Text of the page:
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Experimental evolution of parasitic host manipulation.


ABSTRACT: Host manipulation is a parasite-induced alteration of a host's phenotype that increases parasite fitness. However, if genetically encoded in the parasite, it should be under selection in the parasite. Such host manipulation has often been assumed to be energetically costly, which should restrict its evolution. Evidence of such costs, however, remains elusive. The trophically transmitted cestode Schistocephalus solidus manipulates the activity of its first intermediate copepod host to reduce its predation susceptibility before the parasite is ready for transmission. Thereafter, S. solidus increases host activity to facilitate transmission to its subsequent fish host. I selected S. solidus for or against host manipulation over three generations to investigate the evolvability of manipulation and identify potential trade-offs. Host manipulation responded to selection, confirming that this trait is heritable in the parasite and hence can present an extended phenotype. Changes in host manipulation were not restrained by any obvious costs.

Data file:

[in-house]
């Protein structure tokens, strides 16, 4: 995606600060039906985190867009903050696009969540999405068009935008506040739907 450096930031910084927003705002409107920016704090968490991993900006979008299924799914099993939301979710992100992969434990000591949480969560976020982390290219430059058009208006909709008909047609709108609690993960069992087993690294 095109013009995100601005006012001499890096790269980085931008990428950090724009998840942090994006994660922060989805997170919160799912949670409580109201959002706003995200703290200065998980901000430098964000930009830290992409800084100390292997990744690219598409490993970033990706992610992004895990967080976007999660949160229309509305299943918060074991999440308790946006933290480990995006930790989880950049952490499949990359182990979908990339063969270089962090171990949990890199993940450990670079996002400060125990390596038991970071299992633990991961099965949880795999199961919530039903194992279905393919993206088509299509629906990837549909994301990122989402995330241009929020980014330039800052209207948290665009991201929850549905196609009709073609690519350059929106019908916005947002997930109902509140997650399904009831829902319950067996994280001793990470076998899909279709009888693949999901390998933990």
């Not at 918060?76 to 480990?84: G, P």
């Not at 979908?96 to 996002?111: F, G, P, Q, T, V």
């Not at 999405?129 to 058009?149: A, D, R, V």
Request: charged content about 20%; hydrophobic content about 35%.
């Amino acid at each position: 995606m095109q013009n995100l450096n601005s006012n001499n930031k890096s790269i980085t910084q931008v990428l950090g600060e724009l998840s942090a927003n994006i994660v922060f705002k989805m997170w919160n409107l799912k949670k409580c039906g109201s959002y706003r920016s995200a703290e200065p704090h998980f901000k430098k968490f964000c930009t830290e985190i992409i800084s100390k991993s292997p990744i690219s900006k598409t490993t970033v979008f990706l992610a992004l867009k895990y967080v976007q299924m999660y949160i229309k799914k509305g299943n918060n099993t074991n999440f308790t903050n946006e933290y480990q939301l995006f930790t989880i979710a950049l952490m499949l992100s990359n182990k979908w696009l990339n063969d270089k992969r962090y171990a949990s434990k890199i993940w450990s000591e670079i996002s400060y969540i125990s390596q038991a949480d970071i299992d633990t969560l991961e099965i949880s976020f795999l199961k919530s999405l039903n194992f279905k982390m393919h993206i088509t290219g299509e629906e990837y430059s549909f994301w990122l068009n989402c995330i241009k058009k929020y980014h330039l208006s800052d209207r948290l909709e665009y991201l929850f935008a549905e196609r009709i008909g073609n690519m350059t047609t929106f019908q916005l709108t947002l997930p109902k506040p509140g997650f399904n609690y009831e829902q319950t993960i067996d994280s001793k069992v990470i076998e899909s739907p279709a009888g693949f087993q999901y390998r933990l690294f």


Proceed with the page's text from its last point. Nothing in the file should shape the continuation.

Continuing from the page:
SUBMITTER: Hafer-Hahmann N 

PROVIDER: S-EPMC6364588 | BioStudies | 2019-01-01

REPOSITORIES: biostudies

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